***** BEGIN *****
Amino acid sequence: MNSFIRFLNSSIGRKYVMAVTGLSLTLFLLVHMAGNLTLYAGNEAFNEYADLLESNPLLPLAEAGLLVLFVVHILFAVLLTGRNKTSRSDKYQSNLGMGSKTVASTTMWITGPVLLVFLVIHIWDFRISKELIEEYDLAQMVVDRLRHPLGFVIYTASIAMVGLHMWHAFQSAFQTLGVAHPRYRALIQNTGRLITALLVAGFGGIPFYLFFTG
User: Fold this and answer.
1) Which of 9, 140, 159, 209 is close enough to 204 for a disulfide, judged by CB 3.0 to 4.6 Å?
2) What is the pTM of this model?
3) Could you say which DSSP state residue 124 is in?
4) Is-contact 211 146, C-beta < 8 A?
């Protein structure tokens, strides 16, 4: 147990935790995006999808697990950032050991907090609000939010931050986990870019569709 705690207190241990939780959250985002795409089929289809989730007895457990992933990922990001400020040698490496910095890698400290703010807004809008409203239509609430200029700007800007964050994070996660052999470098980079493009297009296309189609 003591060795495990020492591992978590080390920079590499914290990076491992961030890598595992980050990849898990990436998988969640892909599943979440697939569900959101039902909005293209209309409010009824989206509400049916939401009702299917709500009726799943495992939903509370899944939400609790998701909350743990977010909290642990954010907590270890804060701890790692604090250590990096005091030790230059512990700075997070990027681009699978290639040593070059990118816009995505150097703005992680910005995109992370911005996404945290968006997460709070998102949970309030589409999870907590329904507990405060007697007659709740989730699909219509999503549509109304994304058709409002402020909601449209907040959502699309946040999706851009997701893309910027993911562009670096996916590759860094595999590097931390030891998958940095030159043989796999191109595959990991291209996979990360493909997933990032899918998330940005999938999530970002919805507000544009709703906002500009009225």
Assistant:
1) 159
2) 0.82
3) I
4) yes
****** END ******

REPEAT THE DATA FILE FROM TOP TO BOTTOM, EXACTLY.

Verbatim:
Amino acid sequence: MNSFIRFLNSSIGRKYVMAVTGLSLTLFLLVHMAGNLTLYAGNEAFNEYADLLESNPLLPLAEAGLLVLFVVHILFAVLLTGRNKTSRSDKYQSNLGMGSKTVASTTMWITGPVLLVFLVIHIWDFRISKELIEEYDLAQMVVDRLRHPLGFVIYTASIAMVGLHMWHAFQSAFQTLGVAHPRYRALIQNTGRLITALLVAGFGGIPFYLFFTG
User: Fold this and answer.
1) Which of 9, 140, 159, 209 is close enough to 204 for a disulfide, judged by CB 3.0 to 4.6 Å?
2) What is the pTM of this model?
3) Could you say which DSSP state residue 124 is in?
4) Is-contact 211 146, C-beta < 8 A?
């Protein structure tokens, strides 16, 4: 147990935790995006999808697990950032050991907090609000939010931050986990870019569709 705690207190241990939780959250985002795409089929289809989730007895457990992933990922990001400020040698490496910095890698400290703010807004809008409203239509609430200029700007800007964050994070996660052999470098980079493009297009296309189609 003591060795495990020492591992978590080390920079590499914290990076491992961030890598595992980050990849898990990436998988969640892909599943979440697939569900959101039902909005293209209309409010009824989206509400049916939401009702299917709500009726799943495992939903509370899944939400609790998701909350743990977010909290642990954010907590270890804060701890790692604090250590990096005091030790230059512990700075997070990027681009699978290639040593070059990118816009995505150097703005992680910005995109992370911005996404945290968006997460709070998102949970309030589409999870907590329904507990405060007697007659709740989730699909219509999503549509109304994304058709409002402020909601449209907040959502699309946040999706851009997701893309910027993911562009670096996916590759860094595999590097931390030891998958940095030159043989796999191109595959990991291209996979990360493909997933990032899918998330940005999938999530970002919805507000544009709703906002500009009225």
Assistant:
1) 159
2) 0.82
3) I
4) yes